WASHINGTON: Gen. Frank Grass, the chief of the National Guard Bureau, seemed pretty chipper this morning over breakfast. That’s something you would not have seen from the Guard’s leadership the last time America faced a major drawdown to its armed forces, when the Guard and the regular Army engaged in fratricidal budget battles. This time round, Grass made clear, the two sides of the service have kept the peace — so far.
While other Army generals are increasingly glum about looming cutbacks to the active-duty force, Gen. Grass has less cause for alarm. That’s because both politics and economics have so far protected both the Army and Air National Guard from significant cuts.
The politics are pretty simple. State governors want robust Guard units they can call up in case of natural disaster and legislators prize their local armories so they work with their federal representatives and senators to make sure those forces are not cut. The economics are that it’s much cheaper to pay a Guard soldier to train part-time than to fund pay and benefits for a regular active-duty soldier 365 days a year, and you still can count on the Guardsman in event of a big war. (How long he takes to get ready to go, however, is a complex question).
Pentagon leaders know very well that cutting 1,000 active troops saves a lot more money with a lot less political agony than cutting 1,000 from the Guard, as the Air Force re-learned the hard way last year. Defense Secretary Chuck Hagel himself has said publicly that he’s considering relying more heavily on the Guard.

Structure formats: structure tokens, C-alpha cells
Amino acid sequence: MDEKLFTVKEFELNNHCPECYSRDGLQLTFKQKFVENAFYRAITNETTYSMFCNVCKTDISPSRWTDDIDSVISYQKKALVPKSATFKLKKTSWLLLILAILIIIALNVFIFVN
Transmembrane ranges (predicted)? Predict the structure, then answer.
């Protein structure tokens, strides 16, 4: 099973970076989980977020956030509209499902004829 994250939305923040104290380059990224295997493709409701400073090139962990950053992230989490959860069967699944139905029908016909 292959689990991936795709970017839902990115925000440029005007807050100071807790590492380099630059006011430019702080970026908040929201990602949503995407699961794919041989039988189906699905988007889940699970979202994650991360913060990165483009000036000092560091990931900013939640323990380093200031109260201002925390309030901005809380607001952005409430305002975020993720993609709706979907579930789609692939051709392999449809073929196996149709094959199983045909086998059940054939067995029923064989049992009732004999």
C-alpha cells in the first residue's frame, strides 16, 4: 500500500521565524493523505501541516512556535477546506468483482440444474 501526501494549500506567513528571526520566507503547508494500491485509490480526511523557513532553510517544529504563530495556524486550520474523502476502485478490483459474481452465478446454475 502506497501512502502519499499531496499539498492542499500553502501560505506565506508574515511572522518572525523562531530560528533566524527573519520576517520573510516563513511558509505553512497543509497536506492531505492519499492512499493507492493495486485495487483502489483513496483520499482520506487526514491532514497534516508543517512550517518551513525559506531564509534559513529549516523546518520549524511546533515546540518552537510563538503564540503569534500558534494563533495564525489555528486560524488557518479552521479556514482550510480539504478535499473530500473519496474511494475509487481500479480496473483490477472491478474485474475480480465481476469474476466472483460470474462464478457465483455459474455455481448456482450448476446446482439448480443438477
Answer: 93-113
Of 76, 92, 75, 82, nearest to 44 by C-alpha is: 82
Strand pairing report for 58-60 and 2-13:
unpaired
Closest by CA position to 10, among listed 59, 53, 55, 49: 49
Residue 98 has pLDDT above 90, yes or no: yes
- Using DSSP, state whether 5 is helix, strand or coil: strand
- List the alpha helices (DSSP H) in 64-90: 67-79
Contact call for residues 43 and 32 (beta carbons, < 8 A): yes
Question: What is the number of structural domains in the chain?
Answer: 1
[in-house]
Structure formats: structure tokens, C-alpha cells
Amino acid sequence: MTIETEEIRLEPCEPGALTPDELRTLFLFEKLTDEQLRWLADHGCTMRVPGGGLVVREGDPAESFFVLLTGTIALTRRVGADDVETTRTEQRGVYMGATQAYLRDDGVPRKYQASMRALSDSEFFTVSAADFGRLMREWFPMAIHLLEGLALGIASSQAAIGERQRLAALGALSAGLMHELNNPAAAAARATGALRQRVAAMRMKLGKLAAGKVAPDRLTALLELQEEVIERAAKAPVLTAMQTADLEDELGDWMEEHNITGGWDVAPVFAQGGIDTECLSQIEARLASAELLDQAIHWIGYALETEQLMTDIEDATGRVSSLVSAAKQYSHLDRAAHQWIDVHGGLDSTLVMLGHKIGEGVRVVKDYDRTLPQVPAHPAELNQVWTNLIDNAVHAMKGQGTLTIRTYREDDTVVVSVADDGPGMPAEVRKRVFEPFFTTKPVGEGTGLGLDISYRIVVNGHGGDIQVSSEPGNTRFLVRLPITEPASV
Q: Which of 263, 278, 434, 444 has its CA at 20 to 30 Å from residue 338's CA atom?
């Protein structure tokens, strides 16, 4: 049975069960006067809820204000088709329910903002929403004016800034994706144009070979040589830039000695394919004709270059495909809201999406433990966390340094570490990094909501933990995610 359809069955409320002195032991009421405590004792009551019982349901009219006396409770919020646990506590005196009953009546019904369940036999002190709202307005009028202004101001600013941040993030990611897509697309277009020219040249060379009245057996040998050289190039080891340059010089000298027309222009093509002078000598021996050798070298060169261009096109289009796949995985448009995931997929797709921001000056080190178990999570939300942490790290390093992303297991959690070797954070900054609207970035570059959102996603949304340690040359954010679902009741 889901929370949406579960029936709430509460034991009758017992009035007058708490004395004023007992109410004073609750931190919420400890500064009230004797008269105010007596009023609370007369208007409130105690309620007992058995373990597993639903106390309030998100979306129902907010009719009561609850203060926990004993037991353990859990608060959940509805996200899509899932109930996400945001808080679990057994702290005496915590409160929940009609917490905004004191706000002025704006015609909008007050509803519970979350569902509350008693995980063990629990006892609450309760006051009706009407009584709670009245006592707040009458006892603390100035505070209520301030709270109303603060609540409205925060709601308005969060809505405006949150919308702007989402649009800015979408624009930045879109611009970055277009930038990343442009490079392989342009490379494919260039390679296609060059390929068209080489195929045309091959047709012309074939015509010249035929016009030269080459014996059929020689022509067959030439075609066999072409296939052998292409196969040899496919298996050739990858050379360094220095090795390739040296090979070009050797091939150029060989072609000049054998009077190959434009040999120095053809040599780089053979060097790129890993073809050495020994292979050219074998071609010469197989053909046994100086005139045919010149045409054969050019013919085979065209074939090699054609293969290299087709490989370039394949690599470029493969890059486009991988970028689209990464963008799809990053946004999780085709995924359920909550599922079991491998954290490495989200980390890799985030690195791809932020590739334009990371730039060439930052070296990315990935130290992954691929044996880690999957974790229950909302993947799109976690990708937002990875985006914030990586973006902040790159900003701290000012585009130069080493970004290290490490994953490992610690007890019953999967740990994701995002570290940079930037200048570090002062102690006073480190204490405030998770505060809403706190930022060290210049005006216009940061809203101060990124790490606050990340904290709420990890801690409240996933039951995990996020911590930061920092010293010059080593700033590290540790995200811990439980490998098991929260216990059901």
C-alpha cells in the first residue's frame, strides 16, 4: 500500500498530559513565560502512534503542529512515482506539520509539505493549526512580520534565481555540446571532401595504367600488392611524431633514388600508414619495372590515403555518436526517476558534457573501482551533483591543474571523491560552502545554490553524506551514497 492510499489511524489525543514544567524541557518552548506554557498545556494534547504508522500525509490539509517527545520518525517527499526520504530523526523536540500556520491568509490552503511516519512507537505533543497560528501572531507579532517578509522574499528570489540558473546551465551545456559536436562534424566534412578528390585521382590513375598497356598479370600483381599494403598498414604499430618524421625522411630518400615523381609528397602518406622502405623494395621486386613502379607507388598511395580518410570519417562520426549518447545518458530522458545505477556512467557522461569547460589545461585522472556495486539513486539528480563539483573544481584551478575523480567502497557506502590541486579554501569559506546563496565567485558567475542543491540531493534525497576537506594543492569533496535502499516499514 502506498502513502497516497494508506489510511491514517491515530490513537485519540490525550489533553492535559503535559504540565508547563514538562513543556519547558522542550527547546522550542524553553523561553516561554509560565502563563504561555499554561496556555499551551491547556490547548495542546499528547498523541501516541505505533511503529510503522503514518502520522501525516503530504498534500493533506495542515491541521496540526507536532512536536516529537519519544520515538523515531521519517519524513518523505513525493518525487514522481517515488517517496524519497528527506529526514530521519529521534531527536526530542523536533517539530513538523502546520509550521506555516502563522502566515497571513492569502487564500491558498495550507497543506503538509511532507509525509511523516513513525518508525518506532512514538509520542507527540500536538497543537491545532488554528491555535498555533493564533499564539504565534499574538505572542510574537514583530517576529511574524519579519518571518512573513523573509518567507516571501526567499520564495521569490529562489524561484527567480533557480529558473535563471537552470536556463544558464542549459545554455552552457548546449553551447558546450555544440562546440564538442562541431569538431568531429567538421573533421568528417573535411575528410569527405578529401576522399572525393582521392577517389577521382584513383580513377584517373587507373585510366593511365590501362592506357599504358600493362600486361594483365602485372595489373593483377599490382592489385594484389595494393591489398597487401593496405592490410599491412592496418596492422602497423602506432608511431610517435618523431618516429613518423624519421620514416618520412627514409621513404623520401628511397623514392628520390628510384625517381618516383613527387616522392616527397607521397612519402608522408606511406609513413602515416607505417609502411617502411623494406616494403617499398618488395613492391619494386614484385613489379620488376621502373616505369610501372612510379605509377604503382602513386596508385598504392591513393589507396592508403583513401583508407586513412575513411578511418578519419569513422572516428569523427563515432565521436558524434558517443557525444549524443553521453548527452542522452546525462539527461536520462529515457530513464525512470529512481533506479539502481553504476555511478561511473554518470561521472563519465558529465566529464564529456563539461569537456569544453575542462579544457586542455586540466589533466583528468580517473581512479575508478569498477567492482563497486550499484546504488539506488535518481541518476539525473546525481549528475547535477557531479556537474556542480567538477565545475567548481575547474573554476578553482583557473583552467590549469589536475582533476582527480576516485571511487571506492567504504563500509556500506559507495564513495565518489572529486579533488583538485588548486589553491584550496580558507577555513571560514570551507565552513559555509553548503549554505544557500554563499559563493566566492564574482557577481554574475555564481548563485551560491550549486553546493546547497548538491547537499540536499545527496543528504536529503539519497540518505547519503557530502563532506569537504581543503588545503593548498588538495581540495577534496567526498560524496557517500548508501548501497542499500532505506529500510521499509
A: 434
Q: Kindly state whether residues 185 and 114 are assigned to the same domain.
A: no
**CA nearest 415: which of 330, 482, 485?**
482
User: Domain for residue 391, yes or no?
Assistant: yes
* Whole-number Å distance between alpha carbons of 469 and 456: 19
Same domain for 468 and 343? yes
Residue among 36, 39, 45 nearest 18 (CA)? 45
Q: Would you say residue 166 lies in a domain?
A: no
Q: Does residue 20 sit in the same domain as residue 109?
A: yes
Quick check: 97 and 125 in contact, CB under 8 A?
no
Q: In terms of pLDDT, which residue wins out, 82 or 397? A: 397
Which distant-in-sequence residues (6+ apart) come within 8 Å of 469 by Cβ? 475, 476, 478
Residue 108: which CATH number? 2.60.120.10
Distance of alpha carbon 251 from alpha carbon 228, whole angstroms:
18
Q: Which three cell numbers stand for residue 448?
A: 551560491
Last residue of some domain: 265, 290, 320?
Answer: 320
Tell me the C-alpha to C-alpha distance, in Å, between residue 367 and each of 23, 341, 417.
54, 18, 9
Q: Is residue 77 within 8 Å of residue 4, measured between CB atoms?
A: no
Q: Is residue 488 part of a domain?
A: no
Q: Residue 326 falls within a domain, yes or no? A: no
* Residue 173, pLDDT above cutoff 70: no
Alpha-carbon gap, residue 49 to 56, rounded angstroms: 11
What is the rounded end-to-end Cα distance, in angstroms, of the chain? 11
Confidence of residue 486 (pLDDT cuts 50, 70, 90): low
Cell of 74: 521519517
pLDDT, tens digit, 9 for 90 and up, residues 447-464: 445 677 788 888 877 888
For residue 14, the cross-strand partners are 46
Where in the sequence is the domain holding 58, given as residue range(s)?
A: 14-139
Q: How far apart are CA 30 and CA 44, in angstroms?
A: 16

But while some thinktankers, lobbyists, and officers want to actually boost the Guard at the expense of the active duty force, Grass is saying no to that option — at least for now. To the contrary, he’s telling his people they have to share some of the regular Army’s pain.
At this morning’s Defense Writers Group breakfast, one reporter asked Grass about growing the Guard.
“There’s a few states’ adjutants-general that have proposed that, and what I have told all the adjutants general is that, in this fiscal environment, and realizing Budget Control Act is the law, every January a percentage of our appropriation goes away. So even [if] we grew the Army Guard, we’re not getting any new money unless somebody changes the law,” said Gen. Grass. “So it’s very difficult for me to support a plan that grows it.”